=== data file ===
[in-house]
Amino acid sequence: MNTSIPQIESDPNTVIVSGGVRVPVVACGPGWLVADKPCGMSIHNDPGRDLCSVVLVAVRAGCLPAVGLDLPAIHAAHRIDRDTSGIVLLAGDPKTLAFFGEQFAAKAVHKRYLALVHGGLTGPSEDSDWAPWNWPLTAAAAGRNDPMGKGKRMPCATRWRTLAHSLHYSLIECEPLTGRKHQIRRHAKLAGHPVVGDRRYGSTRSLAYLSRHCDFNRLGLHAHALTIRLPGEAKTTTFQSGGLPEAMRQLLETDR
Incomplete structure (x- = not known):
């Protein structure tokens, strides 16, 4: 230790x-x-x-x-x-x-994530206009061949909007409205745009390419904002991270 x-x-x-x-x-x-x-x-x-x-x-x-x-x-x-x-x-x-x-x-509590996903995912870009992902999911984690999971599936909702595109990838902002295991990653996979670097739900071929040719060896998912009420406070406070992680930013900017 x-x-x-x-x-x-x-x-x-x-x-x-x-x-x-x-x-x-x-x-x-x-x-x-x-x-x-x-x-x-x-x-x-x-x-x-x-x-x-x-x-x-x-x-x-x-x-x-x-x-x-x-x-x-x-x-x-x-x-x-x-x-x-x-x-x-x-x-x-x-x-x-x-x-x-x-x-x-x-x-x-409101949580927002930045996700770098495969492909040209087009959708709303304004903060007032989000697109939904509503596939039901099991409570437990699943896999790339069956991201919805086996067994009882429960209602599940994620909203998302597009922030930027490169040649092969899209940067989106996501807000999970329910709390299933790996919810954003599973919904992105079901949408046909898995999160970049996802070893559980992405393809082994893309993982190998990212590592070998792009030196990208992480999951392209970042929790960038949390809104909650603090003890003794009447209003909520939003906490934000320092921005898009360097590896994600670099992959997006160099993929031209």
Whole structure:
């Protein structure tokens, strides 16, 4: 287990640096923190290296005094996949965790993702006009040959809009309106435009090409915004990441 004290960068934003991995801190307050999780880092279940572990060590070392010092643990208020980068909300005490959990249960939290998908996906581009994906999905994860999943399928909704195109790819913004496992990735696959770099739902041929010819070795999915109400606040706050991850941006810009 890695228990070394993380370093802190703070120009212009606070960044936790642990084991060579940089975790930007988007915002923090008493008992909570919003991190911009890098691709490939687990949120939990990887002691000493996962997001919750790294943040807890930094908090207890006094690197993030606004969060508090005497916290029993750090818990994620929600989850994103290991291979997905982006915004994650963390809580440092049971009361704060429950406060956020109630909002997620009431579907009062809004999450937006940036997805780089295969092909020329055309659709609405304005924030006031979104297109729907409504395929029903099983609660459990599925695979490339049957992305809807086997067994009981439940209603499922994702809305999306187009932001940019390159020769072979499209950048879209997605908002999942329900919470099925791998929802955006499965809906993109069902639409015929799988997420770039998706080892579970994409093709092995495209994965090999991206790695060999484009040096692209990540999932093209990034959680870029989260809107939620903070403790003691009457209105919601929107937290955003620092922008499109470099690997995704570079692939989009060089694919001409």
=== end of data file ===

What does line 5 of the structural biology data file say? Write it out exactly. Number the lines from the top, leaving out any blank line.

Whole structure: